Why Can’t We All Get Along With Each Other?

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Most of us pick fights with others to cover up the wars we have with ourselves.—Anonymous

Our country and the world really are in trouble. These days there are almost daily shootings in the news. School board meetings, public health discussions and state budget debates, and inexplicable road rage incidents occur daily and can be explosive. Family members cannot even be together because of political and social differences and sometimes remain alienated from each other for years. Murder rates continue to rise and leave lasting scars on loved ones. Put any two people together these days to express opinions and the parties involved don’t listen to one another and find common ground, but instead endlessly argue about who is right and who is wrong. It’s like everybody is at war. Too many relationships these days turn into black and white power battles and the sense of devotion to each other is diminished. Relationships, especially marital relationships, do not become safe harbors from the storms of life but they themselves are the battle grounds of some of the worst storms of life. We, as humans, are social creatures and when we cannot get along, our very security as humans is threatened. All of this occurs tragically even though there are many good people in the world.

The worst part of all this is that our children suffer. Mental health problems in school are rampant these days. Suicidal rates among teens are epidemic. Is it any wonder that children, who have to live with the looming prospect of environmental disaster and the isolation imposed by a pandemic, are more anxious these days? Is it any wonder that people in recovery for drug addiction may have a much harder time believing in the promise of sober relationships? Each of us today is living with way more anxiety than is normal and way more uncertainty than what people in the past generations had to deal with. Being exasperated by the conflict in today’s world is absolutely normal.

However, as a therapist that listens to daily woe, I can tell you that there is good news in all this. An old mentor of mine once said, “What doesn’t kill you, only makes you stronger.” He also said, “Before things can change, they need to be seen for what they are.”

Let us look wisely at what we are dealing with and make needed changes. First, let us recall the immortal words of Winnie the Pooh who said, “I have met the enemy and it is us.” Many of us need to forgive ourselves a lot more than we realize. We often don’t see that. I can tell you that the threats of discord and alienation with the world can be lessened and healed if you focus on your own inner turmoil, allow yourself to be forgiven, and surround yourself with supportive people who embrace your personal acceptance of yourself. Peace in the world begins at home with yourself.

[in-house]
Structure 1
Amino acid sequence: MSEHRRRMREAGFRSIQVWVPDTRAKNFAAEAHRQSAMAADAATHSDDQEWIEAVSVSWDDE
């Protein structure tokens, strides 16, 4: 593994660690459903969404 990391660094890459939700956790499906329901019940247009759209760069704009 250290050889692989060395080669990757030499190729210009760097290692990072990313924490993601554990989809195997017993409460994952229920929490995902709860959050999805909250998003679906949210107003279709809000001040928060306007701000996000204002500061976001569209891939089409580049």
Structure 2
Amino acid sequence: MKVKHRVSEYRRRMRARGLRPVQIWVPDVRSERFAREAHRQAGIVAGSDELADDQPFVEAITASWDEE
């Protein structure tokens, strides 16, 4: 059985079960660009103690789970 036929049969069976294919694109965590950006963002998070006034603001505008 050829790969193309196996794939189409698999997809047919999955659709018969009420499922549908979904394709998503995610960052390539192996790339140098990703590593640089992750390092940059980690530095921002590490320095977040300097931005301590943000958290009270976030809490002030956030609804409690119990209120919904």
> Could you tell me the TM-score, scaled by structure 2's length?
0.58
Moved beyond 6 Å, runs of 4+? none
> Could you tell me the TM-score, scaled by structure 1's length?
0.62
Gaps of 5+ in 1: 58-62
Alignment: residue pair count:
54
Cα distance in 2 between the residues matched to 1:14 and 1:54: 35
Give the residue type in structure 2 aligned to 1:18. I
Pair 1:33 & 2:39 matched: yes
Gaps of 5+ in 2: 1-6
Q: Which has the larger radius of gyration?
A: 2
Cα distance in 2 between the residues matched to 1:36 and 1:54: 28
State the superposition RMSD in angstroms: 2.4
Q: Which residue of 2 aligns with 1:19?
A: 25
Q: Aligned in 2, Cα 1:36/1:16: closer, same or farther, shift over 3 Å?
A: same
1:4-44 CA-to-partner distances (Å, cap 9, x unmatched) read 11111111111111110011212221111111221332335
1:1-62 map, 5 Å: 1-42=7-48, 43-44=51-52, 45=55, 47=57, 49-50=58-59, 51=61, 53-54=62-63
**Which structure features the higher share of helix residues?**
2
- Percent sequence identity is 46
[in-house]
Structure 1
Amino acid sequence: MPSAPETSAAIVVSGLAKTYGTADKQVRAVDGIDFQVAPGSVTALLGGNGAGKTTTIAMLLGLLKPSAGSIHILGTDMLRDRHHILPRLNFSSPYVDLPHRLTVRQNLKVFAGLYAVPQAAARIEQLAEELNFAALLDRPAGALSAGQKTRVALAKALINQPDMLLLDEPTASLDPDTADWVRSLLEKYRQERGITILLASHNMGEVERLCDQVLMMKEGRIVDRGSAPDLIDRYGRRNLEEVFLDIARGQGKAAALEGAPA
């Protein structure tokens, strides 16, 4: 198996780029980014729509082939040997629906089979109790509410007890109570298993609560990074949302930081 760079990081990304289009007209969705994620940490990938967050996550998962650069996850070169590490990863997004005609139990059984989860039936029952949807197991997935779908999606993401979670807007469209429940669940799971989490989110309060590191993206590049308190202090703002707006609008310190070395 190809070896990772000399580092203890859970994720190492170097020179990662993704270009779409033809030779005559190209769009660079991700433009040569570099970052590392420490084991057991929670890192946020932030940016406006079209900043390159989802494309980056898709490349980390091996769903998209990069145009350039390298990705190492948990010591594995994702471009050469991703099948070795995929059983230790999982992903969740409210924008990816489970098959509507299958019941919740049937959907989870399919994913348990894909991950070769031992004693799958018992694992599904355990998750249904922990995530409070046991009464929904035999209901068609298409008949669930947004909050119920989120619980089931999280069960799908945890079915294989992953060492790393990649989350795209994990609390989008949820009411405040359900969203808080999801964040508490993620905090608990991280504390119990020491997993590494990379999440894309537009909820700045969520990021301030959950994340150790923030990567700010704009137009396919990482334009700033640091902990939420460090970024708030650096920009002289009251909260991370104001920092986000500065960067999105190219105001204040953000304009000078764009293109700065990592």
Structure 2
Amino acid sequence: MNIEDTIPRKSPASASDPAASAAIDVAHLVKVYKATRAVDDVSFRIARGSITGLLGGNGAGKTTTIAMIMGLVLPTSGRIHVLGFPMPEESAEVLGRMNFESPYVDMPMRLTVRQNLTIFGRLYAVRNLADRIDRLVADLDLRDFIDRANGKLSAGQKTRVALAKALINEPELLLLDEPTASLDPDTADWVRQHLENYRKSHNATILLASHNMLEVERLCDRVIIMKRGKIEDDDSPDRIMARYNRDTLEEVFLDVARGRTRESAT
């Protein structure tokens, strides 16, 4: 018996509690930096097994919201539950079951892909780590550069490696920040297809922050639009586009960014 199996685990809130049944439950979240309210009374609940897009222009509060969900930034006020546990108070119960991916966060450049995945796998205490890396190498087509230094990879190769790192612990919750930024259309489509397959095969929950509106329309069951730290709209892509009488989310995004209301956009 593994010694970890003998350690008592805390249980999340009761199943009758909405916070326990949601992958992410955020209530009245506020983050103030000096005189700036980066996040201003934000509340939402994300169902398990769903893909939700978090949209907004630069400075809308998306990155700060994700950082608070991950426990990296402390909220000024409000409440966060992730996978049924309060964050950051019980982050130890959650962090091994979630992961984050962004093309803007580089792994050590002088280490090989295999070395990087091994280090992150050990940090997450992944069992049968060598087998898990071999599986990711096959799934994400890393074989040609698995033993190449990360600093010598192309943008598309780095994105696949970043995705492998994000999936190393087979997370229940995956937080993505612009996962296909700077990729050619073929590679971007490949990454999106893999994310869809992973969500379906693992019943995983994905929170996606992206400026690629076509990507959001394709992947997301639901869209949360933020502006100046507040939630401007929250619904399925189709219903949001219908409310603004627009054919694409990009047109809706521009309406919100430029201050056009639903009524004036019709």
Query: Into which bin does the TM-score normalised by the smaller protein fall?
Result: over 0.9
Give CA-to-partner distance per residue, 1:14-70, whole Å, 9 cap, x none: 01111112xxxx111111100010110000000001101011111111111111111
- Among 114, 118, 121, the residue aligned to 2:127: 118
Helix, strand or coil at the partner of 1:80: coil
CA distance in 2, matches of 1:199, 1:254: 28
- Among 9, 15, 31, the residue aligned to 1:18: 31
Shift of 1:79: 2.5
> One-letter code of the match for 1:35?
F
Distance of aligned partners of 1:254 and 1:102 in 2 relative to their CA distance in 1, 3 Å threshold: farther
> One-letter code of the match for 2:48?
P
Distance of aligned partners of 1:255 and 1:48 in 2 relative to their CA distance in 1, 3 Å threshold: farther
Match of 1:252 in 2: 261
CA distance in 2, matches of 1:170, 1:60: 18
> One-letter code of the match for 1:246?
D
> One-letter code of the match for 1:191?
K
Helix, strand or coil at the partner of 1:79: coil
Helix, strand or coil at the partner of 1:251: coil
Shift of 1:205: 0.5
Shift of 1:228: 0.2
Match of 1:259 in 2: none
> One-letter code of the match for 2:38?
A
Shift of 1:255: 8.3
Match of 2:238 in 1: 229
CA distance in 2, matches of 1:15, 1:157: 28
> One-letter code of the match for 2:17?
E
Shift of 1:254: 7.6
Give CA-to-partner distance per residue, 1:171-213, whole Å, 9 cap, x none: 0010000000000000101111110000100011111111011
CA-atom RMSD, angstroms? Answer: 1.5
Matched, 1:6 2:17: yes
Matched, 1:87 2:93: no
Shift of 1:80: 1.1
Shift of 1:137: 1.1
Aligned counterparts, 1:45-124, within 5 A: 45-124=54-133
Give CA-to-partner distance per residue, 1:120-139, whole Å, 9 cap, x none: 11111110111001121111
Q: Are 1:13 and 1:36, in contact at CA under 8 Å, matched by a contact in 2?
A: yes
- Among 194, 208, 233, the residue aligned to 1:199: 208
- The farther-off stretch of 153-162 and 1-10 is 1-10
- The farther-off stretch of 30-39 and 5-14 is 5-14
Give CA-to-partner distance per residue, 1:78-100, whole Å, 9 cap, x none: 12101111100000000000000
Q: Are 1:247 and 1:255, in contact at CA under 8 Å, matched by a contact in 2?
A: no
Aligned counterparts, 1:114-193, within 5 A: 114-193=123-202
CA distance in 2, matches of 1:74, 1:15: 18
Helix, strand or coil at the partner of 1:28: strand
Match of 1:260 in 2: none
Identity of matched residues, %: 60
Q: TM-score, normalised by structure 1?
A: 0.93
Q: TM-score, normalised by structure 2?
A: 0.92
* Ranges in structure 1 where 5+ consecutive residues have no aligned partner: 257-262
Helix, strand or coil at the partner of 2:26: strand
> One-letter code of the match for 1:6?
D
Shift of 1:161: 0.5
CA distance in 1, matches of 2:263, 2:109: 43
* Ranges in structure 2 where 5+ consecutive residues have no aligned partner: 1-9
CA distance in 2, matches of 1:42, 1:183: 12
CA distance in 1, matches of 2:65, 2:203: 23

Without being too religious let me remind you of the Lord’s Prayer in part which says, “Forgive us our trespasses, as we forgive those who trespass against us.” The experience of personal forgiveness and acceptance, especially when done with others, can transcend all the troubles this world can offer us. It may not change the world, but it certainly can change how we are in the world.

One of my most painful days of my life was when I applied to the Catholic Church to have my marriage annulled. My marriage of 30 years left me in charge of all our kids and was a source of great suffering. Since I wanted to retain my faith, my ex-husband and I had to apply for an annulment at our church. Basically, that meant writing a long explanation of why our marriage had failed. My long letter basically focused on my failings in the marriage and I found out later that my ex-husband also focused on me as the source of all our problems. When I read his letter, I was absolutely furious with him as I saw our problems as mutual flaws. His words deeply wounded me especially when said in a religious setting. Although I am not one to get mad at others, believe me, I was very mad at my ex for years and could not forgive him. Although we got the annulment my whole psyche as a person was deeply damaged by him blaming me. It wasn’t until so many years later that I realized what he had said in the letter in part was how I blamed myself for the end of our union. His blame was my self-blame. Over time, and with the immense  support of friends, I realized I had to look at the source of those words and why I was divorcing him. I realized that hating my ex only gave him power over me forever  Indeed, his words made it easier for me to leave him and I know that his perceptions in the letter were partially the reasons why we were getting a divorce in the first place. I knew then, that in the eyes of God, we were both at fault and that not everything about the marriage was flawed. Today we get along well at family gatherings, and I can do so without rancor. Today our children’s happiness with each of us reflects this healing.